Using the System of National Accounts format (SNA), this paper presents a set of macroeconomic accounts for the United States that combine data from the national income and product accounts (NIPAs) and the flow of funds accounts (FFA). This format provides a comprehensive picture of economic activity within an integrated framework with consistent definitions, classifications, and accounting conventions. Data are broken down into six economic units – households and nonprofit organizations serving households, nonfinancial noncorporate businesses (sole proprietorships and limited partnerships), nonfinancial corporate businesses, financial businesses, federal government, state and local governments, and the rest of the world. Each sector table has a full complement of accounts: current accounts (production and income accounts), accumulation accounts (capital account, financial, and other changes in volume account), revaluation account, and balance sheet account. Thus, you are able to trace the factors leading to changes in sector net worth for each sector. Data are available annually beginning in 1960 and quarterly beginning in 1992 and are released at the same time as the flow of funds accounts. These integrated accounts allow users to better document trends and developments during business cycles. A novel approach to analyzing the economy that is highlighted in these accounts is sectoral net lending and borrowing, which is presented in both the capital account and the financial account. In this paper I will focus first on the construction of the accounts and then on what we could learn from the data presented in this integrated way.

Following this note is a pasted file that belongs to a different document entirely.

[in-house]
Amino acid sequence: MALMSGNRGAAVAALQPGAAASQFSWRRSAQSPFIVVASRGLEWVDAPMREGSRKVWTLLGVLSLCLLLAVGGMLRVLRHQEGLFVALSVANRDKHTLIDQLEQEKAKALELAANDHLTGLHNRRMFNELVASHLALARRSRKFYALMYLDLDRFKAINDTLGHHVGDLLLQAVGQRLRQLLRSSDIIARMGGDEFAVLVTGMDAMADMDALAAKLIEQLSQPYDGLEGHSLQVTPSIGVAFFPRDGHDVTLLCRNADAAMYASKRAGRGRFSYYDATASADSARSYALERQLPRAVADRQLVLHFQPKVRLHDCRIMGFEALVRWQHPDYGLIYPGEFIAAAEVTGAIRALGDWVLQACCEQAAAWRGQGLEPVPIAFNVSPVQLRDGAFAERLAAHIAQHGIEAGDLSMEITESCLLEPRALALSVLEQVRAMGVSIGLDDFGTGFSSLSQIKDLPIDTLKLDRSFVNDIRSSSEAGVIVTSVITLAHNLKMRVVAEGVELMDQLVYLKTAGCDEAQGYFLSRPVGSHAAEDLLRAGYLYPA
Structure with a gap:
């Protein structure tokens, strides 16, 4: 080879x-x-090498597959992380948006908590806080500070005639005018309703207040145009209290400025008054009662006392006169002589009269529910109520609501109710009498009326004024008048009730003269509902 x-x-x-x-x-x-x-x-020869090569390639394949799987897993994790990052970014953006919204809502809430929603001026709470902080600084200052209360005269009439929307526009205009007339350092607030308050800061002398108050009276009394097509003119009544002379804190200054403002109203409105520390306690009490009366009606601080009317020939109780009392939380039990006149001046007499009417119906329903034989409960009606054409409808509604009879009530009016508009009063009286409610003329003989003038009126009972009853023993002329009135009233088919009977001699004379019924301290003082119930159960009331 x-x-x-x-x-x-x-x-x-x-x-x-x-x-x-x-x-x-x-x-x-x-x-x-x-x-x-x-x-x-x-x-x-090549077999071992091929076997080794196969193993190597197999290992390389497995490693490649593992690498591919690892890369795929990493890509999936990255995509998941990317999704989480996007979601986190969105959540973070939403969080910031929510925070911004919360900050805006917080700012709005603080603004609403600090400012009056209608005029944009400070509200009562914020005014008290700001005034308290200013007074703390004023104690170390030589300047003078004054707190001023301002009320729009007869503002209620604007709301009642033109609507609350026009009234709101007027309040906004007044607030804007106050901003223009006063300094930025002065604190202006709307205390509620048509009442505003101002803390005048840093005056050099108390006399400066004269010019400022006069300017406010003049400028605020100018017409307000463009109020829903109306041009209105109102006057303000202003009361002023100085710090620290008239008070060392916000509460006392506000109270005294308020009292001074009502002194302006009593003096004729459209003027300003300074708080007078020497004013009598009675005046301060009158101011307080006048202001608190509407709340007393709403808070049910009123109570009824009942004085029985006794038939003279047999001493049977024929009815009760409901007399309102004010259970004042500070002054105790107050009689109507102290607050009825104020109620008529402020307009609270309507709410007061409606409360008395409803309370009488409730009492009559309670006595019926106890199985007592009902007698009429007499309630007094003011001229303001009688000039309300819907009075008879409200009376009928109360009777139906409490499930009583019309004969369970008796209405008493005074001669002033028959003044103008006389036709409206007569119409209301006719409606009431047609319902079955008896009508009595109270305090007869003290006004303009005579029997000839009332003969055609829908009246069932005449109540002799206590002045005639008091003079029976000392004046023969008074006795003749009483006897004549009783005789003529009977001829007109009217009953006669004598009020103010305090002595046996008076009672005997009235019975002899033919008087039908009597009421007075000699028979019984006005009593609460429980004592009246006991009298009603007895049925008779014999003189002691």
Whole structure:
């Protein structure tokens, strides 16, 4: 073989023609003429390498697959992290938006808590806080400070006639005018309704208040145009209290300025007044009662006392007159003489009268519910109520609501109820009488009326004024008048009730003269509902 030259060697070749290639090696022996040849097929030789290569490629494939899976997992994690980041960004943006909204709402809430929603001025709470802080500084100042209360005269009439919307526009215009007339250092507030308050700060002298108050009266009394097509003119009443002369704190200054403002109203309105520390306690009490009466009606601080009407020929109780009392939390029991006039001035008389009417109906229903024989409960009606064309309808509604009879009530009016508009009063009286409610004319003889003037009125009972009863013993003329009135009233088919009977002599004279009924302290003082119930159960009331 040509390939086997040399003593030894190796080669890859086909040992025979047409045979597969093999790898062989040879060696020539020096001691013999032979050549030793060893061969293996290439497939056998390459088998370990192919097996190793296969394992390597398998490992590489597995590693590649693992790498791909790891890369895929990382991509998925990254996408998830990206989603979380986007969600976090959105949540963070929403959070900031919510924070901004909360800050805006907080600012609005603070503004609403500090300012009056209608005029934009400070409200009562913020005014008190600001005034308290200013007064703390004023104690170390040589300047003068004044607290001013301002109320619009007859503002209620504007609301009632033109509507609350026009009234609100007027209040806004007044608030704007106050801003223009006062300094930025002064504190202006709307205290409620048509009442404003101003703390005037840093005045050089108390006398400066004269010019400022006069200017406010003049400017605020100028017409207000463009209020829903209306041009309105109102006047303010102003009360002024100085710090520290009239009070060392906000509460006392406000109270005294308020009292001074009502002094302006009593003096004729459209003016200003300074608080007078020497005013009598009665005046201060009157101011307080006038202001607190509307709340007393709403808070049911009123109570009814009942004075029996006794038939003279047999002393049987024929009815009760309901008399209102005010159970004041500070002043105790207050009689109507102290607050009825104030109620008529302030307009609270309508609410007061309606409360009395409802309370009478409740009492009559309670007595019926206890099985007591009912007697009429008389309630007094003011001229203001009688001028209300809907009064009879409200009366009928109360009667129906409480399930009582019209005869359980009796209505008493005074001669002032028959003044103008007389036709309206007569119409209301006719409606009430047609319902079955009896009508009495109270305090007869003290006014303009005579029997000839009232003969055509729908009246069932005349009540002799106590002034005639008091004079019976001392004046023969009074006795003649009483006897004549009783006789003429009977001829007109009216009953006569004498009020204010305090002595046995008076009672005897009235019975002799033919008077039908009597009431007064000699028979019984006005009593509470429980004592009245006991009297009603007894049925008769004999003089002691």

Keywords: Integrated Macroeconomic Accounts; Net lending and borrowing; System of National Accounts; Flow of Funds Accounts
Biography: Susan Hume McIntosh is a senior economist and special project coordinator in the Flow of Funds Section of the Division of Research and Statistics at the Board of Governors of the Federal Reserve System. She started at the Federal Reserve in 1972 and has spent most of her career working on the flow of funds accounts. She is currently responsible for coordinating the compilation of the accounts each quarter and overseas all structural changes and major data revisions. She has been a member of the Bureau for the OECD Working Party on Financial Statistics for eight years. She has worked on several IMF projects, including the financial soundness indicators. She worked jointly with BEA to create the “Integrated Macroeconomic Accounts for the United States”, first published in 2006. Ms. McIntosh received her MBA in finance from The George Washington University and her BA from the College of William and Mary.